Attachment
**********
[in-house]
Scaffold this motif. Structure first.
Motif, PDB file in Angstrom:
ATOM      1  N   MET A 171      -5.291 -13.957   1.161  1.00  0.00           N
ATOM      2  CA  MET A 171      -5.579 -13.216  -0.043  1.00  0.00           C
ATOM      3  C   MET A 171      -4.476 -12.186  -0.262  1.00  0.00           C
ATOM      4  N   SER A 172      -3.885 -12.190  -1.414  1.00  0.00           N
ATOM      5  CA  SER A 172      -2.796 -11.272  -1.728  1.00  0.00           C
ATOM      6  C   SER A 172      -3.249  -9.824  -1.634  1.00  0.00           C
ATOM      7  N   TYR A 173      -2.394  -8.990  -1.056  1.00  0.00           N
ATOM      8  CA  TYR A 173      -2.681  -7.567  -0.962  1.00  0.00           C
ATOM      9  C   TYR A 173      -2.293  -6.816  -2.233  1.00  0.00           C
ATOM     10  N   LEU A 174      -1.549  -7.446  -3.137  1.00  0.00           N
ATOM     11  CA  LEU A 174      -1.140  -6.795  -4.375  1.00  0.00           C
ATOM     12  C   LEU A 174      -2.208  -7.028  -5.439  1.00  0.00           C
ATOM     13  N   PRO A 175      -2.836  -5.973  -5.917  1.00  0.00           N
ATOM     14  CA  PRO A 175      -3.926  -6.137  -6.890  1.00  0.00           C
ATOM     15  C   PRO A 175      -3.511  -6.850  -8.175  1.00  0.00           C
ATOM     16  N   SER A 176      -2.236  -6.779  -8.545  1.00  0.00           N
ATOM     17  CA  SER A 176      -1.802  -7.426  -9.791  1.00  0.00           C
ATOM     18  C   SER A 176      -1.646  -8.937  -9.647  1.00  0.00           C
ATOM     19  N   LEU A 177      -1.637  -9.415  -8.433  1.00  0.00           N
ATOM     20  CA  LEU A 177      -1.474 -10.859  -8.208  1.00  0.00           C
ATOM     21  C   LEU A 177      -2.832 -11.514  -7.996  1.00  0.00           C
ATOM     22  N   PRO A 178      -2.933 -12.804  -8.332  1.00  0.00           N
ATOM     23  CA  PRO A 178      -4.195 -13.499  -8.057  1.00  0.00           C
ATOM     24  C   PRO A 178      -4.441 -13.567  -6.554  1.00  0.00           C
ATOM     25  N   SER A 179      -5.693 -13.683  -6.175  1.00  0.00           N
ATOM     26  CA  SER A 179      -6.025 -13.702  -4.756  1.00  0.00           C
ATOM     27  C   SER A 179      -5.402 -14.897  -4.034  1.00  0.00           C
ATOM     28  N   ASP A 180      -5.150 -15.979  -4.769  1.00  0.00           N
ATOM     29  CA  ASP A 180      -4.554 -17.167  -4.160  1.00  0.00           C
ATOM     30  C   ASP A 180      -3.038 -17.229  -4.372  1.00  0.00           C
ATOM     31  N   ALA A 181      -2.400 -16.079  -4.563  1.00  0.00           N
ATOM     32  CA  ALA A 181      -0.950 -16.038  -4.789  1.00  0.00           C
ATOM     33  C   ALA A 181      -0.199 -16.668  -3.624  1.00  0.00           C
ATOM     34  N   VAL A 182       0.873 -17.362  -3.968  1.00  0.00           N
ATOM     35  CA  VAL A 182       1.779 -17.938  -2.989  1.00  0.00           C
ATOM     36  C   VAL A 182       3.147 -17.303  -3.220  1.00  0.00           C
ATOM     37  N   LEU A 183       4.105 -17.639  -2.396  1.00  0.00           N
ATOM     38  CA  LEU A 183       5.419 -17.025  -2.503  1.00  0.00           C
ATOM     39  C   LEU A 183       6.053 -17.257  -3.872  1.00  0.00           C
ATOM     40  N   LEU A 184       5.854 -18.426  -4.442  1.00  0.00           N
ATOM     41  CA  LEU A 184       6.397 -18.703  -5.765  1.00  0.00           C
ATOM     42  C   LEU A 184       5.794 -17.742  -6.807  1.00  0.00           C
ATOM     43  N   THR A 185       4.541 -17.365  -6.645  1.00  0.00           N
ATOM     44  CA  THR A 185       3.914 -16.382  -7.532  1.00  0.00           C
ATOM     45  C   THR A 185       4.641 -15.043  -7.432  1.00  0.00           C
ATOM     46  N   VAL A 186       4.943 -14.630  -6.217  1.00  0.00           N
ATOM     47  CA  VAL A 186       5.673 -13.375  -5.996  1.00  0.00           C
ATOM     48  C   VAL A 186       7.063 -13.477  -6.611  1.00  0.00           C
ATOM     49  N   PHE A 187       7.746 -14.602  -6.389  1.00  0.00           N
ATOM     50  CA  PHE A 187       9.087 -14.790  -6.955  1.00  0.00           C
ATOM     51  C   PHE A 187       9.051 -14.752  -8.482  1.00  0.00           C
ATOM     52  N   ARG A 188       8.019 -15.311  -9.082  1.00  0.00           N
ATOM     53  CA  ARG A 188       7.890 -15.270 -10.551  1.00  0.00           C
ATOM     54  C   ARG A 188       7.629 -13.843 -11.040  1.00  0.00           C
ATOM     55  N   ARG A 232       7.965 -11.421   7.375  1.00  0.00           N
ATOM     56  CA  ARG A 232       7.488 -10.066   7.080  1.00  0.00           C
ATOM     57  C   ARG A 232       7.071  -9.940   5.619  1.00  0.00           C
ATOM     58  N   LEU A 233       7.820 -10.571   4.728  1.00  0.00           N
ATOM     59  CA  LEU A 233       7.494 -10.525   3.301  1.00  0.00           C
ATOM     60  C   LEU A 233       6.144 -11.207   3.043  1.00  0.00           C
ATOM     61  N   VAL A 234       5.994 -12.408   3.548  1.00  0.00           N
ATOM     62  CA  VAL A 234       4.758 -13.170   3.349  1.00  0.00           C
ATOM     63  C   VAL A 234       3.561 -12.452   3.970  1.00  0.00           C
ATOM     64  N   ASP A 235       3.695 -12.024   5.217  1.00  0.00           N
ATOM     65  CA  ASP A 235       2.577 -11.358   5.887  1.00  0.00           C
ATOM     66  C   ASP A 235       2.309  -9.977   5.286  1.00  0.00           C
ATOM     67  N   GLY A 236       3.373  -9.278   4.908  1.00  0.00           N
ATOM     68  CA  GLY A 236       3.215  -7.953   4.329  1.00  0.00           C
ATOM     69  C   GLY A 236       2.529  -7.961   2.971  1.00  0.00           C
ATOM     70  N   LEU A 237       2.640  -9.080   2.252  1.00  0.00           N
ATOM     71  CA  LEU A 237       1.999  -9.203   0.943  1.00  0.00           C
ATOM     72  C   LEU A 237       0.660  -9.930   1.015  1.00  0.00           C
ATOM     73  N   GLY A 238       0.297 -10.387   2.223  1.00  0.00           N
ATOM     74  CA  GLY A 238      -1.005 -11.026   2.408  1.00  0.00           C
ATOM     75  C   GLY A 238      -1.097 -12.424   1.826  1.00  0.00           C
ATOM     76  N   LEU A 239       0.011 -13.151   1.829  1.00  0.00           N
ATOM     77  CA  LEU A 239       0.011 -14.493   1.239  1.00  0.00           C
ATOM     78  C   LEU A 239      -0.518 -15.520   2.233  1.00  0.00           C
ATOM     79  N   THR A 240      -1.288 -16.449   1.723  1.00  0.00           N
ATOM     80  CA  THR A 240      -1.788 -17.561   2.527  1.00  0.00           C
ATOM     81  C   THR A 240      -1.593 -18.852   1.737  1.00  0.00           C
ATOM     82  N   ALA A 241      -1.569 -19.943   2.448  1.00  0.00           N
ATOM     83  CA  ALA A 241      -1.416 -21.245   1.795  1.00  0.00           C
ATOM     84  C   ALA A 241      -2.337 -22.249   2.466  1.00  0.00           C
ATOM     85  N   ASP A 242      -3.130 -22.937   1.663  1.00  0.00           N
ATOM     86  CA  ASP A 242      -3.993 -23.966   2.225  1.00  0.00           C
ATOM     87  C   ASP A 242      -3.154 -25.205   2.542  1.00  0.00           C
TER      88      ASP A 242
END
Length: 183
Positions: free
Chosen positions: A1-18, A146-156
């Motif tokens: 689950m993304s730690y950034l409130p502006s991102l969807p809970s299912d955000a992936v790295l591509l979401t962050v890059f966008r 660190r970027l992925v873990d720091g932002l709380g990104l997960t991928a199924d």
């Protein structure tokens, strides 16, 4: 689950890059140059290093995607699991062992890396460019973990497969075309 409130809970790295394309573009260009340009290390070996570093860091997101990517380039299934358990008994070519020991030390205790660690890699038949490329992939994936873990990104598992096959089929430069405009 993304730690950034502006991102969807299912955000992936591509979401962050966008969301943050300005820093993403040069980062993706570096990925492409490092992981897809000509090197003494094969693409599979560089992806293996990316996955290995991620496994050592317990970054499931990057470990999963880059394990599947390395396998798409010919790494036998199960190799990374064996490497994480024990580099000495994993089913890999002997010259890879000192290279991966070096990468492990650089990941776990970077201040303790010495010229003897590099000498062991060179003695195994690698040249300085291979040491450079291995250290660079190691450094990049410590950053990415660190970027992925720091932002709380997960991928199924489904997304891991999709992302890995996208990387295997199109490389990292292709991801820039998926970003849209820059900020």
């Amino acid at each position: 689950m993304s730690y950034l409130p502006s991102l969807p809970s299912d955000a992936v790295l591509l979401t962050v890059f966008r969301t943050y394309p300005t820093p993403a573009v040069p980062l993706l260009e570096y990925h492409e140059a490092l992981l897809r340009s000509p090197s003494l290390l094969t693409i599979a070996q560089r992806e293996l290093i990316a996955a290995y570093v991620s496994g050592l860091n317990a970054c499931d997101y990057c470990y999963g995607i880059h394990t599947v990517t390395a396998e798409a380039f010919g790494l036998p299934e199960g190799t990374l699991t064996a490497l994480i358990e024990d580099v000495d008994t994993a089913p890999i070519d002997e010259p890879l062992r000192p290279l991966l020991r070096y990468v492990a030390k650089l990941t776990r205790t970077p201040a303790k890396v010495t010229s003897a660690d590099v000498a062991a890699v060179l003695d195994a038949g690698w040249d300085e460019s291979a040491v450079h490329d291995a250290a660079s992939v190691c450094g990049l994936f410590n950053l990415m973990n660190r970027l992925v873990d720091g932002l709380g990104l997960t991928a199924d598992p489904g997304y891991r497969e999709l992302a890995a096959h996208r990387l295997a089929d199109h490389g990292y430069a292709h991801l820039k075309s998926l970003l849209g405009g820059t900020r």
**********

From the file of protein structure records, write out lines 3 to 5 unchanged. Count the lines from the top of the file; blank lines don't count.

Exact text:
Motif, PDB file in Angstrom:
ATOM      1  N   MET A 171      -5.291 -13.957   1.161  1.00  0.00           N
ATOM      2  CA  MET A 171      -5.579 -13.216  -0.043  1.00  0.00           C